Worry about how you are perceived in social situations and a fear that others are judging you. This often results in the avoidance of social situations where you don’t know the people present.

Panic Disorder

A fear of the panicky symptoms experienced during the fight or flight response (i.e. panic attacks). This is often connected to the development of agoraphobia.

Generalised Anxiety Disorder

An ongoing experience of low level anxiety around a range or day-to-day things such as being on time, signing your name in front of people etc. Sometimes includes positive beliefs about worry. 

Obsessive-Compulsive Disorder

Experienced when a person begins to have intrusive thoughts or images that makes them feel anxious. The individual will then feel the compulsion to do something in order to “neutralise” the thought e.g. hand washing, counting numbers, checking the doors.

Post-Traumatic Stress Disorder

Anxiety that develops after a person experiences a traumatic event. This is different to simply feeling shocked after an event. Symptoms such as flashbacks, hyperarousal to sounds and light, and nightmares may be experienced; often some time after the event.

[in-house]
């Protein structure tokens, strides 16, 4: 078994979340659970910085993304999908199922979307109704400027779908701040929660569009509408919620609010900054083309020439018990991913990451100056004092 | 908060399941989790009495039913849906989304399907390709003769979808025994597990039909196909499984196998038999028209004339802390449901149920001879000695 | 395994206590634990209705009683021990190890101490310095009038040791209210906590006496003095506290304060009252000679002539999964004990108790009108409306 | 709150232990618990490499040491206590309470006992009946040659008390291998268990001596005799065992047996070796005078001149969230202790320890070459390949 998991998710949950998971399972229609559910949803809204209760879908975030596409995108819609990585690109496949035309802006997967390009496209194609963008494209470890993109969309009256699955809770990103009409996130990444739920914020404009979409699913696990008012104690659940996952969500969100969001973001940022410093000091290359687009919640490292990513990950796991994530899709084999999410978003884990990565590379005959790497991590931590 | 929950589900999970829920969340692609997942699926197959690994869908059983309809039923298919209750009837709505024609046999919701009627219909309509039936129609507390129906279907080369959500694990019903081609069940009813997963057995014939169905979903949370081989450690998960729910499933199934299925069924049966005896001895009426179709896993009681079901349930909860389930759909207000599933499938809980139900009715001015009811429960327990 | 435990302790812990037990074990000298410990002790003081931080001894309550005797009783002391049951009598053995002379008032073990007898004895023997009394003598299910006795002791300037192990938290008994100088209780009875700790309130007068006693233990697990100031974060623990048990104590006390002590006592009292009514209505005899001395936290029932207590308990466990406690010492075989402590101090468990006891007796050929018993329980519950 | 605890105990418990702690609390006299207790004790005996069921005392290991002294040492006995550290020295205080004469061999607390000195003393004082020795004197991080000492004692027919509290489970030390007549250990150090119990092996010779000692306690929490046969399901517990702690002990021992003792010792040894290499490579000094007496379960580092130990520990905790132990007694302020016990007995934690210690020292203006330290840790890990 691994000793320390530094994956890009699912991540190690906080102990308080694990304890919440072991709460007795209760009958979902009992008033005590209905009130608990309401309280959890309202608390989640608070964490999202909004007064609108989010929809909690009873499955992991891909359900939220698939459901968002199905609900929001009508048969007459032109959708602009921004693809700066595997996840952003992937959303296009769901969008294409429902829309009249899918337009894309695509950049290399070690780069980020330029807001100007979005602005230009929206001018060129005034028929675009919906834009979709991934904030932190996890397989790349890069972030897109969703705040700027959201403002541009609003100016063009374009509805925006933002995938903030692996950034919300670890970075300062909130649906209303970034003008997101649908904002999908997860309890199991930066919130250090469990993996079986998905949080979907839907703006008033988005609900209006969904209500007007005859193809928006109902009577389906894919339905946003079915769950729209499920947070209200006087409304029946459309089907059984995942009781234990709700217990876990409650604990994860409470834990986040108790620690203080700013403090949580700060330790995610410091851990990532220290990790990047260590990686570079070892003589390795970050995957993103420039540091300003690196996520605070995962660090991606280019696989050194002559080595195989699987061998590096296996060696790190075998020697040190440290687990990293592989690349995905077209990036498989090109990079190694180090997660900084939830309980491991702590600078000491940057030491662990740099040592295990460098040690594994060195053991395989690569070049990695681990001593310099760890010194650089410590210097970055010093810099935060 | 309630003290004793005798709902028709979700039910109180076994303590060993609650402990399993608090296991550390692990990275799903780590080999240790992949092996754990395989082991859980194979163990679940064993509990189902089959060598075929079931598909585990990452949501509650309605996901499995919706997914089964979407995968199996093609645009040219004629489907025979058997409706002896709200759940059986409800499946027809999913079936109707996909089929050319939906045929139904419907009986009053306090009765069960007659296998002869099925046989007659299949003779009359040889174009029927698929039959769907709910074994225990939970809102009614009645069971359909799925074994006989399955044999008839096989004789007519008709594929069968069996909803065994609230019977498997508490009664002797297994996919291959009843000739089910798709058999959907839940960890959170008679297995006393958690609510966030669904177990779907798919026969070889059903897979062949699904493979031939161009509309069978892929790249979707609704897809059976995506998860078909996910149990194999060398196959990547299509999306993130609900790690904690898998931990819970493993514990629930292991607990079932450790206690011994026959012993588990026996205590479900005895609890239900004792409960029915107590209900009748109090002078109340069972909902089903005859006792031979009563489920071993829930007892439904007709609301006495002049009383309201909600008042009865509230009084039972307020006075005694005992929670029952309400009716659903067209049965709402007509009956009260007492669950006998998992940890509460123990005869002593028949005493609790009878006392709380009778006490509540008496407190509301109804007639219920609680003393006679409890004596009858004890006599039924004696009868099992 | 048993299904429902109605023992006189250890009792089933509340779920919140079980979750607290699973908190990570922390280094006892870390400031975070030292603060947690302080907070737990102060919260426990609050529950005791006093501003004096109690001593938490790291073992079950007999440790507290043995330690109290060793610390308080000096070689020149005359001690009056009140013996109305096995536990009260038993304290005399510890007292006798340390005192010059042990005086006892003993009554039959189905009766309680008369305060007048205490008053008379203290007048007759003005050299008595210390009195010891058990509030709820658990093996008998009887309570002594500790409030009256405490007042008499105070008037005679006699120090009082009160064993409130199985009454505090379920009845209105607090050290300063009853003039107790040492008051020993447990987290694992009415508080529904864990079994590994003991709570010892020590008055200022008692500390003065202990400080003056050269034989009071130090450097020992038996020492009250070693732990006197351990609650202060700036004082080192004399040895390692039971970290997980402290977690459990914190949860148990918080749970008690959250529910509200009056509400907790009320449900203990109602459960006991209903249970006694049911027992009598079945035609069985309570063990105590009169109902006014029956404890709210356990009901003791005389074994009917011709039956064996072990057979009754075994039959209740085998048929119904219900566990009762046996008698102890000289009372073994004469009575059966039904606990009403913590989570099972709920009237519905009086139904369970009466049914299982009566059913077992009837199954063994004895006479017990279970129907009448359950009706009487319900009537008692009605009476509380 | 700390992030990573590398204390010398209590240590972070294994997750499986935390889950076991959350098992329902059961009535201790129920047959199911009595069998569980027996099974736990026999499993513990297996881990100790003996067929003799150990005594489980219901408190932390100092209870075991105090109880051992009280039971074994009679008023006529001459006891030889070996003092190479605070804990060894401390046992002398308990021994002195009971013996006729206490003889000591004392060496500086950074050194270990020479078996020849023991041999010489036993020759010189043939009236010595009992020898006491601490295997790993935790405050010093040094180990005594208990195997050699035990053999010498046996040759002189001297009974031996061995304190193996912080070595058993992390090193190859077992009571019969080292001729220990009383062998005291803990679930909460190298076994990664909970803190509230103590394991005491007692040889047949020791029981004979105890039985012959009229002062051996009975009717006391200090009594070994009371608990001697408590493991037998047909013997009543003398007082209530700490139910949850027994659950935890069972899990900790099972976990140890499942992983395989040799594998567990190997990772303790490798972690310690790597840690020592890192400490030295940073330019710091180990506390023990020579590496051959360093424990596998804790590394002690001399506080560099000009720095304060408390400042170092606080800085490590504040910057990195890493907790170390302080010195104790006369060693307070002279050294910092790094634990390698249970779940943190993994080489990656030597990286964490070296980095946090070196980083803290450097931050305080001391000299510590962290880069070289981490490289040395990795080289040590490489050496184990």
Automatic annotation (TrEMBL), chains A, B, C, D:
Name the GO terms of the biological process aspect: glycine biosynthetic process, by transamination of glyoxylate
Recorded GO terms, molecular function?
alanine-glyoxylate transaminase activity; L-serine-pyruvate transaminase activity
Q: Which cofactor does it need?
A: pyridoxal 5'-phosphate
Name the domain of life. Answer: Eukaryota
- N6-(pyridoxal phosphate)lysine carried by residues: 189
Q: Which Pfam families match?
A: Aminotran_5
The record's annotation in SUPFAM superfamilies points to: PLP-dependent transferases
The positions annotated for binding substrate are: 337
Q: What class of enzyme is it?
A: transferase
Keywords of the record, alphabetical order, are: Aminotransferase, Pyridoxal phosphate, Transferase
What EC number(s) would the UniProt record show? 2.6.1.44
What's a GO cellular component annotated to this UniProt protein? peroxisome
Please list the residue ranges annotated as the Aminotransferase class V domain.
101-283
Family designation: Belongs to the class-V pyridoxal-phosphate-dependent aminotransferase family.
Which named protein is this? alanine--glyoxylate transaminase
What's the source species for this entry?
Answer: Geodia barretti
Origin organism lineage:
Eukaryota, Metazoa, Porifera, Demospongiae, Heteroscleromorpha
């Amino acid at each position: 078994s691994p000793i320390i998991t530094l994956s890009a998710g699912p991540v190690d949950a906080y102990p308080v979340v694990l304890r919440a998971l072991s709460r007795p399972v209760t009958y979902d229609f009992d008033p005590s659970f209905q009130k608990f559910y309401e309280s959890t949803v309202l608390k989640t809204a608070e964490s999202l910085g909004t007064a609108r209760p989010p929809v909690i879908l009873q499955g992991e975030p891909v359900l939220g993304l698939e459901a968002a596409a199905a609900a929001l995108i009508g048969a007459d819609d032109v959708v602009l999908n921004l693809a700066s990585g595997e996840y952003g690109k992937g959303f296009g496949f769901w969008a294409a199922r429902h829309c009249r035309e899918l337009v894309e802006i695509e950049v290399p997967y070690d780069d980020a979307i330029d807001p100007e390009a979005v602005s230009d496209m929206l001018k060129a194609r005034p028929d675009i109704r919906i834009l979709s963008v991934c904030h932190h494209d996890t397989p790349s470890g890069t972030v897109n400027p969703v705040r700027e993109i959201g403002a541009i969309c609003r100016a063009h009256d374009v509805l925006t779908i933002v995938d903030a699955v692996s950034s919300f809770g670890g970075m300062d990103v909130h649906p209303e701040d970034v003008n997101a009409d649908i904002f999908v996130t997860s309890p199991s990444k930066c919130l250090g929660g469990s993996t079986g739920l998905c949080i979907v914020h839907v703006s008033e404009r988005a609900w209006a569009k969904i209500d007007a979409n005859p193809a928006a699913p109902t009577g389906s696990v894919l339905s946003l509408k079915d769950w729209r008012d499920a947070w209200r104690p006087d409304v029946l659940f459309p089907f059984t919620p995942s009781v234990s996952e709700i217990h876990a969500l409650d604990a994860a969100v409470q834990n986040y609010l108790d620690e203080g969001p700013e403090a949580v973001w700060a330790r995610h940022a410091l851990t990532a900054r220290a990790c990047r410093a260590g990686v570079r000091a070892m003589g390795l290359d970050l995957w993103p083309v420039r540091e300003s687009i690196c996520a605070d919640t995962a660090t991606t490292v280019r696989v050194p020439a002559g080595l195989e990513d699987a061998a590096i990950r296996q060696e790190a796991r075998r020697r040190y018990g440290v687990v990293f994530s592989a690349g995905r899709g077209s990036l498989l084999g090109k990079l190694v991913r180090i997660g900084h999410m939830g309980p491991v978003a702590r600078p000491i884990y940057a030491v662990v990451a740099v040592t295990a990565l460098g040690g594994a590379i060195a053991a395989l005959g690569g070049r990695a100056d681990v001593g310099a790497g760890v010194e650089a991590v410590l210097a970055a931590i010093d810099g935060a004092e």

Although these DSM-5 diagnoses can be helpful guides, our Sydney team of Clinical Psychologists at Cadence Psychology prefer to focus on understanding the factors that have you stuck on anxiety so that we can create a bespoke treatment that fits your needs.

Types Of Treatment For Anxiety

Anxiety can be treated through either psychological or medical means. As Clinical Psychologists, our preference is to work on therapy interventions as an anxiety treatment at Cadence Psychology. However, many people report good outcomes using pharmacological interventions.

Psychological Treatments

Cognitive Behavioural Therapy (CBT): CBT aims to help you challenge your worries by exploring for supporting evidence. It generally involves exposure-response prevention work as well, which relates to learning to sit with whatever is causing you anxiety.